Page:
1. Plan early

I really can’t emphasize that enough. Depending on your destination, different cat travelling laws apply. Some countries might require you to go to your vet to get your cat passport at least 6 months in advance. So it’s never too early to start. Don’t wait until you get that job offer. I am not joking. Or you will risk having to leave your cats behind when you start your job in the new country. That will involve a different bunch of painful logistic arrangements – to find a foster family for your cats while they are waiting to join you in the new country. That will create a lot of stress for you and your cats who are being left with your friends or family. If you are reading this, the chance is you are thinking about moving to another country, so start today!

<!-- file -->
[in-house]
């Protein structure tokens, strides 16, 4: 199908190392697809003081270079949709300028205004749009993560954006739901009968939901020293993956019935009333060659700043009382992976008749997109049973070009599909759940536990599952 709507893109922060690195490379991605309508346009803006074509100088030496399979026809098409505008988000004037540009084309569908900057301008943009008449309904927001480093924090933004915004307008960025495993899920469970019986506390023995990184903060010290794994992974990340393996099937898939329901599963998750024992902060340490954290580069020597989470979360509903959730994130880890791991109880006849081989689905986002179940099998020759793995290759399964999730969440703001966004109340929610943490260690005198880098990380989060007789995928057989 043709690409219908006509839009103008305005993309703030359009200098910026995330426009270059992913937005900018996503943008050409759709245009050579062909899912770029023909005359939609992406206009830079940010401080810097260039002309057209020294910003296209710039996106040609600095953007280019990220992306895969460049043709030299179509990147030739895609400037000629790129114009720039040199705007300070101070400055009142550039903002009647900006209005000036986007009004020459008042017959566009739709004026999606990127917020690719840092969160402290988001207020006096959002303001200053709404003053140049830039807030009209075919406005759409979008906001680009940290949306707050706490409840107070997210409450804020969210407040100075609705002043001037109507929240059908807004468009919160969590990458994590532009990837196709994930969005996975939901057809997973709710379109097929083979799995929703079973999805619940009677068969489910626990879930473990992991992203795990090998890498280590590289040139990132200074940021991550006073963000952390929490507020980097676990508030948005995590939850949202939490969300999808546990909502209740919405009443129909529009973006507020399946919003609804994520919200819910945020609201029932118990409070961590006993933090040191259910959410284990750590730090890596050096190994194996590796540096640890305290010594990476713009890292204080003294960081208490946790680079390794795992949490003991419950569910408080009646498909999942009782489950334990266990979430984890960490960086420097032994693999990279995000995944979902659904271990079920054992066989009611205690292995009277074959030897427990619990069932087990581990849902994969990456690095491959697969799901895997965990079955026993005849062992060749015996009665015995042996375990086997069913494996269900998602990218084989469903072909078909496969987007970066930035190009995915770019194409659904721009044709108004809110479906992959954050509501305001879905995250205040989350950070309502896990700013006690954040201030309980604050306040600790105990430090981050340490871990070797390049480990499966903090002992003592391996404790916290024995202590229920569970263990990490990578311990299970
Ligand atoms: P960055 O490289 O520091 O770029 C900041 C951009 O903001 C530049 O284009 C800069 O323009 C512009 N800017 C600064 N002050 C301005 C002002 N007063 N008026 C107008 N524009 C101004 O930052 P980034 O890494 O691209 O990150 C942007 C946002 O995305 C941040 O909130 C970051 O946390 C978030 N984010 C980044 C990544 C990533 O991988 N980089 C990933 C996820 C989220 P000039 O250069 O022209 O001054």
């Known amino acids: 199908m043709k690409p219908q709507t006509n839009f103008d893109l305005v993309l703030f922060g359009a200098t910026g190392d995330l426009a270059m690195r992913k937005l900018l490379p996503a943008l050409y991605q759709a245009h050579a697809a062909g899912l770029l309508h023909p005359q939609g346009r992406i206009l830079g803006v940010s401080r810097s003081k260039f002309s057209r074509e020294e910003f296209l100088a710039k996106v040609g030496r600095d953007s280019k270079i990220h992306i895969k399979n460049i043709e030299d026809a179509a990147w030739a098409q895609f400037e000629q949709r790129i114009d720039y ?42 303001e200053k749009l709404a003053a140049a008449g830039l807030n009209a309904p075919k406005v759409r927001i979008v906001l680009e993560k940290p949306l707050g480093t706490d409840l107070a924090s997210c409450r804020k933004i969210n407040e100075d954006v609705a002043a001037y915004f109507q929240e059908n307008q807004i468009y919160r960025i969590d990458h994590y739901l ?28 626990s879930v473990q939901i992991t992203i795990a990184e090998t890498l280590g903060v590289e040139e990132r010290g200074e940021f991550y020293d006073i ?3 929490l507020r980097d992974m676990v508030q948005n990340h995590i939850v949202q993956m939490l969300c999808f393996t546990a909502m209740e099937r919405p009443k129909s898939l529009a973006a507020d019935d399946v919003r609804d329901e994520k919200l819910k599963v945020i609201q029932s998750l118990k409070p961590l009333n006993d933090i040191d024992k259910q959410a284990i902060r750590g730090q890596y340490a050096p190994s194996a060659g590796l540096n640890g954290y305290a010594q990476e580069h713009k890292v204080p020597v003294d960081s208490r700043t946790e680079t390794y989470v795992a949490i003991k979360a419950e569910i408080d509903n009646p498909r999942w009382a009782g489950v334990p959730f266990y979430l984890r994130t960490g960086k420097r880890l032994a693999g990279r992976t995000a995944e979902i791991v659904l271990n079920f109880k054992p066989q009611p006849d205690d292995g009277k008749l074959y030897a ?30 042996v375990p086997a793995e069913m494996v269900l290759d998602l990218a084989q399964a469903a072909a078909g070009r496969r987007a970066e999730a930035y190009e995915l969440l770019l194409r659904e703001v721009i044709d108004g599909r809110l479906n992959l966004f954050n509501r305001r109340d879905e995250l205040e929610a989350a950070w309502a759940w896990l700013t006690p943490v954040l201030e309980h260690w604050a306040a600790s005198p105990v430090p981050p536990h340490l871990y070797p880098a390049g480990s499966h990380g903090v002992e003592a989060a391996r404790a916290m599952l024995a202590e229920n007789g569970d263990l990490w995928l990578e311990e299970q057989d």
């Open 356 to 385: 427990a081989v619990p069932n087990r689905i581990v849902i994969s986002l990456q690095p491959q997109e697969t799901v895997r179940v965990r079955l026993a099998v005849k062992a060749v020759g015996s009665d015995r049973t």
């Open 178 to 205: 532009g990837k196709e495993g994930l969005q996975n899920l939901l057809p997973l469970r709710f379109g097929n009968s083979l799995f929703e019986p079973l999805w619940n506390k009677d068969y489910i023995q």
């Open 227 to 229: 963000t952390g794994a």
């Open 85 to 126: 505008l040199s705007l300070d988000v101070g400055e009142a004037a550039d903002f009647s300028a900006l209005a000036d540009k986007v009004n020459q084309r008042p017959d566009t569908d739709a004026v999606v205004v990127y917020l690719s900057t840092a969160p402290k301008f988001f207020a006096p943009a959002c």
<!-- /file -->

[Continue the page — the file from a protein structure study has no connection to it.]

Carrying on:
2. Do-it-yourself vs hiring an agent

You can either arrange all the logistics yourselves or hire a transportation agent who will do everything for you. I have never used an agent, so what I am going to do is – I will share my own Do-it-yourself experience with you. But a lot of my customers have used an agent to move their cats internationally, please go through the stories below to read about their experiences with using an agent. If you go down the DIY route like myself, you should start to…

3. Find out about the cat travelling law of your destination